Leprosy charity Lepra is targeting the hard-to-reach young British Asian market through the hit West End show Bombay Dreams.
The move is part of a strategy to shake-off its former conservative image and widen its donor base as it confronts rising numbers of sufferers.
New leprosy cases rose from 700,000 in 2001 to 760,000 this year, according to the latest figures from the World Health Organisation.
Despite working heavily in India, where more than 81 per cent of new cases are recorded, the charity has so far failed to attract a large number of British Asian supporters.
The latest attempt to crack the market was kick-started with the arrival of former Motability fundraising manager Paul Nixon who joined in April 2001. Nixon leads a 40-strong team reporting to Lepra chief executive Terry Vasey.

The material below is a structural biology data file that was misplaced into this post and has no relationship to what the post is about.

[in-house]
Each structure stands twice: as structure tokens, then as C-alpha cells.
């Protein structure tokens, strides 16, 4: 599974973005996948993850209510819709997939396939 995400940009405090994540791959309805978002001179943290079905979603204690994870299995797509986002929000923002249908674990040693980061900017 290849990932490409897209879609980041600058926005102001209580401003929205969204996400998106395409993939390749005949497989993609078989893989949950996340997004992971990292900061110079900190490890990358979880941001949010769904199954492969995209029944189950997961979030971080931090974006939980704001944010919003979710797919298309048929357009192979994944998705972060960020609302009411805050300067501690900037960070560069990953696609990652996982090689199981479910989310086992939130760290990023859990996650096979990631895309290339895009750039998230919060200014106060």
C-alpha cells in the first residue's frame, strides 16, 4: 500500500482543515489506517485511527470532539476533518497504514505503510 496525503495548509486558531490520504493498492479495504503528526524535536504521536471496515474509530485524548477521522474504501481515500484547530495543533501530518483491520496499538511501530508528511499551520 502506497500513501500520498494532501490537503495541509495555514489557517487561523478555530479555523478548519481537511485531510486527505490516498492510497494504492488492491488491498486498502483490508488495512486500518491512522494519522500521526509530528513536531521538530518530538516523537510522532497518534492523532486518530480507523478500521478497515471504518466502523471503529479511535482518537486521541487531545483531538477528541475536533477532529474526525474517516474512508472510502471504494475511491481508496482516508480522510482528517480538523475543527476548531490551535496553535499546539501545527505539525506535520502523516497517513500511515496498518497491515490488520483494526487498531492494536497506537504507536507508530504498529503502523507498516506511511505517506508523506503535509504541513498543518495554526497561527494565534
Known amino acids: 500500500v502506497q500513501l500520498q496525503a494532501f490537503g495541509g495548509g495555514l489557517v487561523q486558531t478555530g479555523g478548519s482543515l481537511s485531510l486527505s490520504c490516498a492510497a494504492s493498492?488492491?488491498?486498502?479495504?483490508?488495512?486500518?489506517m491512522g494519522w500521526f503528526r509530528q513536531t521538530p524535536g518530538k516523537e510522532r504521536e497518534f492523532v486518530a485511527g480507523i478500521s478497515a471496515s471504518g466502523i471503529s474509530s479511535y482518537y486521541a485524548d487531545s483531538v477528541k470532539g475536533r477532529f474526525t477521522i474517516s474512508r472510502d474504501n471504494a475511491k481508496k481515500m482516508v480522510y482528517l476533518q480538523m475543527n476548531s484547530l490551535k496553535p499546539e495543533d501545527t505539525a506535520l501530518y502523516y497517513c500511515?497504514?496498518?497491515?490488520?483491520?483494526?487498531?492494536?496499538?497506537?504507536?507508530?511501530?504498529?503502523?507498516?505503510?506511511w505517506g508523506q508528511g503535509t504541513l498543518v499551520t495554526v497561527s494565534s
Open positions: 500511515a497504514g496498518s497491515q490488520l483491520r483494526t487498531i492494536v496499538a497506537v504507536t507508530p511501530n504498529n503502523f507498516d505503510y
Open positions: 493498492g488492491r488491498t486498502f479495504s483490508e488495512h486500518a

Under an agreement with Lepra, Bombay Dreams producer The Really Useful Theatre Company is hosting a special charity showing on 5 December with profits going to the 700,000 leprosy sufferers.
"We want to say to people that we are doing a lot of work in your country so please give something back," said Nixon.
Lepra is poised to commission research into the British Asian business market but in the meantime Nixon points to a huge potential.
"It is a vibrant business market that is neglected," he said.
Nixon thinks Bombay Dreams is the ideal vehicle to launch the donor drive.
"It's about the Bollywood industry which is set in Bombay and is one of the poorest areas in India."
Lepra was founded in 1924 and last year raised almost £5.4 million through spending £900,000.